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1427 Evaluating MHC-II antigen presentation in vivo to identify targets for immunotherapy
  1. Andrew Weeden1,
  2. Anika Ali1,
  3. Victoria Izumi1,
  4. Bin Fang1,
  5. Emma Sanders2,
  6. William Rideout2,
  7. John Koomen1,
  8. Paul Stewart1,
  9. Tyler Jacks2 and
  10. Alex M Jaeger1
  1. 1H. Lee Moffitt Cancer Center and Research Institute, Tampa, FL, USA
  2. 2Koch Institute at MIT, Cambridge, MA, USA
  • Journal for ImmunoTherapy of Cancer (JITC) preprint. The copyright holder for this preprint are the authors/funders, who have granted JITC permission to display the preprint. All rights reserved. No reuse allowed without permission.


Background Central to the success of immunotherapy is antigen presentation on Major Histocompatibility Class I and II (MHC-I and MHC-II).1 While much effort has been paid to characterize MHC-I antigens recognized by CD8+ T cells, our understanding of MHC-II antigens, which are recognized by CD4+ T cells, is far less developed. The importance of MHC-II antigen presentation is particularly evident in lung adenocarcinoma (LUAD), where the alveolar type 2 (AT2) cell-of-origin is one of the only non-hematopoetic cell lineages known to present high levels of MHC-II.2 These observations prompt the need to understand the contribution of direct MHC-II presentation in LUAD.3 4 While advances in mass spectrometry have enabled direct interrogation of peptides presented by MHC-I and MHC-II, collectively known as the ‘immunopeptidome’, the field lacks tools to evaluate antigen presentation in vivo.5–7 Here we present a novel mouse model to interrogate the MHC-II immunopeptidome in vivo in LUAD and set the stage for future investigations of MHC-II antigen presentation beyond lung cancer.

Methods GEMMs, including the KrasLox-stop-Lox-G12D; p53fl/fl (KP), model faithfully recapitulate histopathological features of human LUAD and represent an excellent tool to understand MHC-II in the LUAD microenvironment.8 To profile MHC-II ligands in LUAD, we engineered a Cre-recombinase inducible affinity tagged MHC-II (H2-AbStrep) and incorporated this allele to the KP model (KP/AbStrep), enabling precise isolation of MHC-II peptides from malignant cells in the heterogeneous microenvironment. We thoroughly validated this novel model at the genetic, transcriptomic, and proteomic levels and isolated MHC-II peptides from LUAD tumors at various stages of tumor progression and with multiple targeted and immune therapies.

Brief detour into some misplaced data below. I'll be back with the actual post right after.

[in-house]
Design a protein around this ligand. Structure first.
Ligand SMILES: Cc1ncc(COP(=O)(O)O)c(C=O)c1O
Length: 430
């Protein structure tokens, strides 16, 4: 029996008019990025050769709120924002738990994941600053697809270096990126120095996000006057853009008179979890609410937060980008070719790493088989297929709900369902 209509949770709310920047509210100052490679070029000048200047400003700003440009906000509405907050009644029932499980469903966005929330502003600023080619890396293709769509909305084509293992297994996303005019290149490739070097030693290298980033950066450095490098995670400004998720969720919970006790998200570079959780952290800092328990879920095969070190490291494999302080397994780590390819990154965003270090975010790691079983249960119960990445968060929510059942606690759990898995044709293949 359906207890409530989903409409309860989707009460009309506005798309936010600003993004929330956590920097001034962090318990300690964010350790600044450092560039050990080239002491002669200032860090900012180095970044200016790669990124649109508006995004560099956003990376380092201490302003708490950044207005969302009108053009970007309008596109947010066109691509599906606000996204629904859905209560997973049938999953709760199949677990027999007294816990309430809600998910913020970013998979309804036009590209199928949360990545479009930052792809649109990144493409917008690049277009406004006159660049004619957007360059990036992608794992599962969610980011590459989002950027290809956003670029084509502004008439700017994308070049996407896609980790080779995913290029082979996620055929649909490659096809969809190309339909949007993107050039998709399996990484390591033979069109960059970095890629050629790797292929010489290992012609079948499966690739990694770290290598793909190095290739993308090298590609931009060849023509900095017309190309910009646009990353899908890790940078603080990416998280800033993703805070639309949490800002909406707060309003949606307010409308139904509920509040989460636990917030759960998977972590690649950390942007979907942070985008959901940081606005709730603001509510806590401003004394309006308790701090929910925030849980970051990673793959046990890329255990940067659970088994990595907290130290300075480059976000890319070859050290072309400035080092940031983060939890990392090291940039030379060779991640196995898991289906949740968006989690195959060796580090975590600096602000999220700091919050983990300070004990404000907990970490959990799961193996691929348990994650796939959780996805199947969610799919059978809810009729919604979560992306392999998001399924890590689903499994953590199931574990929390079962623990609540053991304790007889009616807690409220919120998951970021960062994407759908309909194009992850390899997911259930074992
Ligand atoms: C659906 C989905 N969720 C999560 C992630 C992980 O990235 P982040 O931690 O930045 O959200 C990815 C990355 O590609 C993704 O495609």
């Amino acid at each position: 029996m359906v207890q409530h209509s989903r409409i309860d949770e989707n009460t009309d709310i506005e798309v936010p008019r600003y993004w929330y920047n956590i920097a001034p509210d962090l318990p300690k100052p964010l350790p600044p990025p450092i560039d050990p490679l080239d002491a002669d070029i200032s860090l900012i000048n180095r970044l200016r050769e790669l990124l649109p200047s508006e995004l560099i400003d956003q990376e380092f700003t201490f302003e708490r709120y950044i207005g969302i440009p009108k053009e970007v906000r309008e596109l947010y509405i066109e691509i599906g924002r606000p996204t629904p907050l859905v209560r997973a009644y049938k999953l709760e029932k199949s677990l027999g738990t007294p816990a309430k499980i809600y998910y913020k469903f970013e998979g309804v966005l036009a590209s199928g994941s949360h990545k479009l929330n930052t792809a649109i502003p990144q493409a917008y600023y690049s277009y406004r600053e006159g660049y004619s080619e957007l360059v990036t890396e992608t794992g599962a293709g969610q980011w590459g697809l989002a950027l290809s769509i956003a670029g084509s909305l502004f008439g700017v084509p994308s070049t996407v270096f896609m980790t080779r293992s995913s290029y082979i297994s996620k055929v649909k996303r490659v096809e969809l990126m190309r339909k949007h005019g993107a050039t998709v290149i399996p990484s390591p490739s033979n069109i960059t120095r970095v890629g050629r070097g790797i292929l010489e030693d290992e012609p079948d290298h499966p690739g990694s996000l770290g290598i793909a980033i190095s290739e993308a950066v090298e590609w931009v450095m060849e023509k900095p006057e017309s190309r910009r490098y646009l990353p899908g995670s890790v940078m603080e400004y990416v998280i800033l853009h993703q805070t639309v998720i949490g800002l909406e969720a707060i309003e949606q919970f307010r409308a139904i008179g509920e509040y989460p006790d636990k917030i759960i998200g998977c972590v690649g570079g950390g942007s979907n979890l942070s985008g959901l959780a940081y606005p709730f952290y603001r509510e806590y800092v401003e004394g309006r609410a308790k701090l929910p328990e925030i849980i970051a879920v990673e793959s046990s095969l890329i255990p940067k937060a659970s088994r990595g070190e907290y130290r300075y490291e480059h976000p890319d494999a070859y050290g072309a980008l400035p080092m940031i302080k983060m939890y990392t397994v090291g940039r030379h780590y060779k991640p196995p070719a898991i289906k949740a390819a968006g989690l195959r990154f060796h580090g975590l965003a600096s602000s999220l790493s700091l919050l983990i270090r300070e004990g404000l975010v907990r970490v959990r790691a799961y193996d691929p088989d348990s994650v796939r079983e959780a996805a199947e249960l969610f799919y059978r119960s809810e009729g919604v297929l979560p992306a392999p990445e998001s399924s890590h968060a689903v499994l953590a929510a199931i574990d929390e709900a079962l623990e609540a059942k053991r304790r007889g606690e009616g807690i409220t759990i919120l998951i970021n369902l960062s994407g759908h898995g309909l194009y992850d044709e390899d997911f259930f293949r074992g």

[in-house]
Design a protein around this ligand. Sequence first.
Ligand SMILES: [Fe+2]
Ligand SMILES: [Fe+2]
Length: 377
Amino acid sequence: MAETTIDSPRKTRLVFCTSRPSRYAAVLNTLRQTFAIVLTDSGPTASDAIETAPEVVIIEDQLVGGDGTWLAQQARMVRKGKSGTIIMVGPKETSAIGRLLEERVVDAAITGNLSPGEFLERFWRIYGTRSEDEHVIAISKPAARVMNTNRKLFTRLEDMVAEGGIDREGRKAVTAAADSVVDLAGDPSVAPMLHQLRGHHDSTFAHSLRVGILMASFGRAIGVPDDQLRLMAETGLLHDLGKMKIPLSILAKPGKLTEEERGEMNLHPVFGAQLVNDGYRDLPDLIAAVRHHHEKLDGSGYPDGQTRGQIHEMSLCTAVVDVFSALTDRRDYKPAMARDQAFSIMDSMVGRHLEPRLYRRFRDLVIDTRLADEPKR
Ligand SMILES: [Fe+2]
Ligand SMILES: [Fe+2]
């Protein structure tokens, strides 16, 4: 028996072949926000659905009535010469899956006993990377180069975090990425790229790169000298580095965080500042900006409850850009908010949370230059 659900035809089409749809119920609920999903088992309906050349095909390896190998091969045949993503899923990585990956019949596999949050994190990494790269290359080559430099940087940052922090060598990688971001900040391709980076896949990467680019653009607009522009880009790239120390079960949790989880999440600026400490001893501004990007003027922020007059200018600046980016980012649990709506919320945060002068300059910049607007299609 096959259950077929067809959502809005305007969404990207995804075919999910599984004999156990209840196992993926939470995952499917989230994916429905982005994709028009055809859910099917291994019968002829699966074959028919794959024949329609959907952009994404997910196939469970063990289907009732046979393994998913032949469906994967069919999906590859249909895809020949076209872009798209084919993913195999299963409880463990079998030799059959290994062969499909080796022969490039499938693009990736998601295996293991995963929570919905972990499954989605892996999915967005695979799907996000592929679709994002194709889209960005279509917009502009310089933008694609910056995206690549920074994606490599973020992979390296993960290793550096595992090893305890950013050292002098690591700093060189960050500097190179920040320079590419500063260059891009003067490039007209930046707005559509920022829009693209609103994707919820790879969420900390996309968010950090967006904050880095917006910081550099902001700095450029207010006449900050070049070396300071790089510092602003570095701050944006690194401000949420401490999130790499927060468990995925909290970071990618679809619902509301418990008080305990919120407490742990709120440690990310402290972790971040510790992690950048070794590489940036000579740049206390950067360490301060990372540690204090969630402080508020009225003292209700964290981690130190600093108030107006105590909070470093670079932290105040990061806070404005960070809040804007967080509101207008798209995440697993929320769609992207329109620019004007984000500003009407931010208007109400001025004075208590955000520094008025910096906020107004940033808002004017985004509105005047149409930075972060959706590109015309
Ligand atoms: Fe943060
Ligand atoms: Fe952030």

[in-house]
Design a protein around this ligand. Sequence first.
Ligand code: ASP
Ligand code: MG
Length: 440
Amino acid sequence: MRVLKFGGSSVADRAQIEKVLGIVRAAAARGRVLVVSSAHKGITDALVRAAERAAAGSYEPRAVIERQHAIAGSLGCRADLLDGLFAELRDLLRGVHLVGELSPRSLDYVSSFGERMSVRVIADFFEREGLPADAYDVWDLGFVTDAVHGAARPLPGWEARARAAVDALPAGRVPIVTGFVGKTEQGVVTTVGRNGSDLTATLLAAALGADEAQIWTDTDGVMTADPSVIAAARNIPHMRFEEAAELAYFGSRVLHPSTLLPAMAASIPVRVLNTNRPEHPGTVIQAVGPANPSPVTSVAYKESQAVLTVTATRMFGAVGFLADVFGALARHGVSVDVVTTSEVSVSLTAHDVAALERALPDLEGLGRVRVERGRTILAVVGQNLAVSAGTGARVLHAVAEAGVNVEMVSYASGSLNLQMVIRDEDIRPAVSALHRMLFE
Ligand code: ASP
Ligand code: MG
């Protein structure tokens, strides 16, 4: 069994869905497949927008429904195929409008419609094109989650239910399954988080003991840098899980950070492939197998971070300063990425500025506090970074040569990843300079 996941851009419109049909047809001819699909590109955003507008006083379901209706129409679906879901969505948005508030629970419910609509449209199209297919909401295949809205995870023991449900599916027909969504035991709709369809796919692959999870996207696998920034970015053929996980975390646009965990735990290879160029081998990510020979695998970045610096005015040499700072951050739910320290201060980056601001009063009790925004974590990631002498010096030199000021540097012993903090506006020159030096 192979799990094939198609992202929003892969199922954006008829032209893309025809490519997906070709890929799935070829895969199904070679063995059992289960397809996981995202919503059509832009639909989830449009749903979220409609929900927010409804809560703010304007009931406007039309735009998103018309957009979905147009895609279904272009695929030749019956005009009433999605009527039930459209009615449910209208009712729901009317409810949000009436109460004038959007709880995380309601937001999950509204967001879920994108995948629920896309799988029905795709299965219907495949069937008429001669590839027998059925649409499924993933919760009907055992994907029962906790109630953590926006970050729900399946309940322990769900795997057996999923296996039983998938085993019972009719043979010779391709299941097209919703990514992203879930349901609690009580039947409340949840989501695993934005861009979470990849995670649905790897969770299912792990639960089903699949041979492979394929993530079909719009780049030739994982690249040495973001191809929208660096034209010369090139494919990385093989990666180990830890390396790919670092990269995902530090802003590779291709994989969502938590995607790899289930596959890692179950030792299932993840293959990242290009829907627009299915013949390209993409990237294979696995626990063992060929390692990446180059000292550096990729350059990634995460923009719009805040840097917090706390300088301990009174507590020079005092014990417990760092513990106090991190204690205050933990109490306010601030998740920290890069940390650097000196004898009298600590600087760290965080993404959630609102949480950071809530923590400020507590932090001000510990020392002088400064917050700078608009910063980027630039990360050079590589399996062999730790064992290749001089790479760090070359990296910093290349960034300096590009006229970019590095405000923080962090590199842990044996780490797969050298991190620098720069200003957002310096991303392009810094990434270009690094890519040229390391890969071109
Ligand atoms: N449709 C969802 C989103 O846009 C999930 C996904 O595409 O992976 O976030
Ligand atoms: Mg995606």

Results We demonstrate that LUAD cells present a diverse array of MHC-II peptides in vivo and found that source proteins that are processed and presented on MHC-II are highly divergent from those identified on LUAD MHC-I.8 Peptides derived from secreted proteins are abundant on LUAD MHC-II complexes, including those that are lowly expressed in LUAD cells but highly expressed by other cells in the tumor microenvironment. Finally, we found that the repertoire of MHC-II peptides is highly dynamic with respect to tumor progression and treatment context.

Conclusions These results have profound implications for our understanding of the immunobiology of lung cancer in distinct tumor microenvironments. Moreover, application of the AbStrep system to other disease and tissue contexts will pave the way forward for a deeper understanding of the MHC-II immunopeptidome in vivo to be exploited for next generation immunotherapies.


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  6. Abelin JG, et al. Mass Spectrometry Profiling of HLA-Associated Peptidomes in Mono-allelic Cells Enables More Accurate Epitope Prediction. Immunity 2017;46:315--326.

  7. Ouspenskaia T, et al. Unannotated proteins expand the MHC-I-restricted immunopeptidome in cancer. Nature Biotechnology 2022;40:209--217.–021-01021–3

  8. Jaeger AM, et al. Deciphering the immunopeptidome in vivo reveals new tumour antigens. Nature 2022;607:149--155.–022-04839–2

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